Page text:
Artist Q&A: Brooke Howell


Booke started her art career in 1998 as a caricature artist, which developed her seeing and drawing skills. Further training as an illustrator gave her the proficiency to tell visual stories. Brooke realized her passion for sculpting post-art school, so pursued jobs from which she could learn every aspect of the craft; sculpting themed children’s play areas from foam, chasing wax in a foundry, and as a lead sculptor for a company producing monumental bronze works.

Her personal work has been shown in many galleries, and Brooke and her partner were awarded their own bronze public art commission, which was installed January of 2011. She has also won numerous awards from the International Society of Caricature Artists and the Colorado Alliance of Illustrators. Most recently Brooke attended the Creative Talent Network convention and exhibited at the Spectrum Fantastic Arts Live convention, laying a career path into the entertainment industry.

Mold3D: Hi Brooke! Thank you for taking the time to talk to our audience! Can you please tell us a little bit about yourself?

Brooke: I am a freelance traditional sculptor of many mediums living in Denver. 

Mold3D: How did you get started Sculpting?

Brooke: Making things was always in my blood, but the decisive day came in a children's book illustration class. The assignment was to sculpt our main character to reference for illustrations, but I took my little reference sculpt to an extreme, painted it, and eventually just used photos of it with backgrounds as the illustrations. Unfortunately, the realization that I wanted to sculpt came at the end of my college career, so that led me to lots of odd jobs. I chain-sawed large, themed children's play areas out of foam and fiberglass, chased wax in a bronze foundry, worked on a small team sculpting monumental bronzes for museums and creating maquettes for public art proposals, and have done personal work for gallery show.

My interest in animation/entertainment has always been present, but only recently have I decided to pursue work in the industry. I have been lucky to pick up work with some amazing designers right away!

Mold3D: How would you describe your aesthetic style? 

Brooke: I have such a varying body of work that it's difficult to pinpoint a style, per se, but I love to incorporate humor as much as possible. I also enjoy capturing gesture and feeling in my personal pieces, but not all jobs allow for that.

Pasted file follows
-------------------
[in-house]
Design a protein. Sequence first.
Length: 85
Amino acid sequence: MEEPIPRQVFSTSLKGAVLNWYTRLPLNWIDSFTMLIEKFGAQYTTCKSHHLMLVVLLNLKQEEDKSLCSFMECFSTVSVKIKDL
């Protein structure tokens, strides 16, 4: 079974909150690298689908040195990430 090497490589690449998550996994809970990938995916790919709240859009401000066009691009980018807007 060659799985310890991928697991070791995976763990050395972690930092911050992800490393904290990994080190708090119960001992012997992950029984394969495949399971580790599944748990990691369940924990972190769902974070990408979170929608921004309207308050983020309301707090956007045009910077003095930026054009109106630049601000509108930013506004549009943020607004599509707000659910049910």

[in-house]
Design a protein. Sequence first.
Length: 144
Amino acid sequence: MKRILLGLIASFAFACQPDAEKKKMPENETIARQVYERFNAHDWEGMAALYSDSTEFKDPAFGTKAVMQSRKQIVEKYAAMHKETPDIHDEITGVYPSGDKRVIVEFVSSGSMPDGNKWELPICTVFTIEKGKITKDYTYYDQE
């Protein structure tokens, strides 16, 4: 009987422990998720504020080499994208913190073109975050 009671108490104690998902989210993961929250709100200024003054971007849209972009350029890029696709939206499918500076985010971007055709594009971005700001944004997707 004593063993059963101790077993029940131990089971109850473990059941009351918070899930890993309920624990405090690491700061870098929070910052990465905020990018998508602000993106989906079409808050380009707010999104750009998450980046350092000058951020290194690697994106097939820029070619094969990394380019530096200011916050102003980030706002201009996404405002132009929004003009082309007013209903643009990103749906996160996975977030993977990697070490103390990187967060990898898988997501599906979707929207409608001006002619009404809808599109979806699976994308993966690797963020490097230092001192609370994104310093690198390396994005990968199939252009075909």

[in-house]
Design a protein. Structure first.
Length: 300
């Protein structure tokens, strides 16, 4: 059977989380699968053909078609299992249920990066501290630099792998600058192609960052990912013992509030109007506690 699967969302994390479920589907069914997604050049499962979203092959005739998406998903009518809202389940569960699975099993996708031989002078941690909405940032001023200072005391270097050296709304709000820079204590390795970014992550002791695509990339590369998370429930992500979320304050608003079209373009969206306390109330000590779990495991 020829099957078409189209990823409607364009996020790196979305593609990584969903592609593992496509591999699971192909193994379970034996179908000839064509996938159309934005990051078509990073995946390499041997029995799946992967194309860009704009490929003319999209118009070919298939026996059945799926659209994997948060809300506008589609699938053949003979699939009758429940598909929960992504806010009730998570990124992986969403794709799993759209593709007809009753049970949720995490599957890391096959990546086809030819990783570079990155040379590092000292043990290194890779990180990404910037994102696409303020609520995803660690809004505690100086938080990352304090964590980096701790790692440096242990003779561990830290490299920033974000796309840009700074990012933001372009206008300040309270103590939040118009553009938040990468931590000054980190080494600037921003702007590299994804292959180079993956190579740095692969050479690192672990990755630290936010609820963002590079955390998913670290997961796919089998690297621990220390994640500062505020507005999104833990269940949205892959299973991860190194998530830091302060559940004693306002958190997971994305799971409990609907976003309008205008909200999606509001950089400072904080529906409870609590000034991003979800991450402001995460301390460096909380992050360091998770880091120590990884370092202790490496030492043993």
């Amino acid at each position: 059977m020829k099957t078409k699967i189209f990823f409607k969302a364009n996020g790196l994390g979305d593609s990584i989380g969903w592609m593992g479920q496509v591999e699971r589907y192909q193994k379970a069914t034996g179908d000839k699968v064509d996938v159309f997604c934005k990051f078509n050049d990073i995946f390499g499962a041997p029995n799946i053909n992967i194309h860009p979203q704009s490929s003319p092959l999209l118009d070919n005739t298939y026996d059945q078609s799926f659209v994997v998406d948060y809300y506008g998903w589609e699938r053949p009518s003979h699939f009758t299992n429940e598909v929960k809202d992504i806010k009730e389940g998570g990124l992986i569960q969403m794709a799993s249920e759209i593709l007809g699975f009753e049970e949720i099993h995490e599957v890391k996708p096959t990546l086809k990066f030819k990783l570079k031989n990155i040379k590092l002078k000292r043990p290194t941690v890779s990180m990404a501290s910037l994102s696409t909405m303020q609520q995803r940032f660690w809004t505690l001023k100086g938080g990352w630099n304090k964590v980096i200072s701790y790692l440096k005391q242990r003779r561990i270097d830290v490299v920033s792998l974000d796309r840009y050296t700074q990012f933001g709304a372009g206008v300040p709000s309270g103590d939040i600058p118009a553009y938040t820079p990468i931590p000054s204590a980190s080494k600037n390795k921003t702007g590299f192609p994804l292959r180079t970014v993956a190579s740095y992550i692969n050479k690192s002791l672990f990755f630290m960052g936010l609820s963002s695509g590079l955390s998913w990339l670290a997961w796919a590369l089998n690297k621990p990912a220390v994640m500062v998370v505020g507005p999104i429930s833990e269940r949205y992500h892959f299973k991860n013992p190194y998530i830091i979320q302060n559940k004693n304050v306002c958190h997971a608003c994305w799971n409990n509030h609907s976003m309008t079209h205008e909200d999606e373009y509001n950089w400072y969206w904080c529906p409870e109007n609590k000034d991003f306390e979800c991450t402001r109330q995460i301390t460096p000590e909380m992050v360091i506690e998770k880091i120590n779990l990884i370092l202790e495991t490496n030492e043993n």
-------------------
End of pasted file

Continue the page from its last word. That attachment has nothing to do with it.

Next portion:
Mold3D: Do you have any favorite artists that inspire and influence you?

The first few sculptors that come to mind: Bernini because well, Bernini; Virginie Ropars for her insane detail and unique characters and aesthetic; Philippe Faraut for the design, rhythm and breath he captures without any stiffness; Honore Daumier for his loose, humorous, sculpted caricatures; Damon Bard, Jerome Ranft and Mike Murnane for their maquette work.

Mold3D: What’s your tool of choice? Digital or Traditional?

Brooke: Currently only traditional; though I am learning ZBrush.

Mold3D: You’ve recently teamed up with 2D concept designer Nicholas Ilic to produce a maquette. Can you explain the process of working with a concept designer?

 Concept design by Nicolas Ilic. Brooke teamed up with Nicolas to transform his 2D design to physical maquette.

Concept design by Nicolas Ilic. Brooke teamed up with Nicolas to transform his 2D design to physical maquette.

Brooke: Nik sent me one drawing of his viking character. I was excited by the challenge of sculpting it without any supporting turnaround drawings; it allowed more freedom in my interpretation. Luckily, Nik was very easygoing and trusted me to create freely. I did a quick clay sketch to make sure he liked the direction I wanted to take. He did some clarifying sketches over the photos I sent along with some notes and references to show me what types of textures and finishing details he envisioned. That gave me a clear idea of what the final would look like before I started it, so I was able to complete large chunks of work with confidence. Technical issues are inevitable when translating 2-D space don't physically work in 3-D, so when those things arose, I sent Nik photos with possible solutions and he was able to pick which options best suited his vision of the character. He gave final approval once it was mostly complete, before it was painted or the final details (like the hair, beard, and stitching) added. 

Mold3D: What other sculpture projects have you collaborated on and with who?

Brooke: Most recently I have worked on a personal project with concept artist Paul Sullivan for Red Giant Studios. I also have a couple secret projects currently underway.

Mold3D: It seems that designer/sculptor collaborations are popular. What are the benefits of teaming up with other designers?
Brooke: It's fun to work from such a broad pool of inspiration and vision. It allows me a chance to explore approaches, styles and outputs, have new challenges, and be a part of lots of super cool projects. I also enjoy being art directed by other artists; it offers a totally different perspective.

Mold3D: Your primary medium is clay, do you have any interest in checking out 3D printing?

Brooke: Yes! The ability to 3D print has definitely been an influence in helping me decide to incorporate digital sculpting into my repertoire. I can see the the benefits of using 3D printing compared to traditional sculpture as a way to save time and money otherwise spent on building armature, refining, molding, and casting. My future plans are to use 3D printing as a means to quickly produce prototypes, one-offs for promotional/personal use and visual aids for proposals.

Mold3D: Thank You Brooke for taking the time to talk to us. Looking forward to seeing your future printed work!

Brooke's personal website: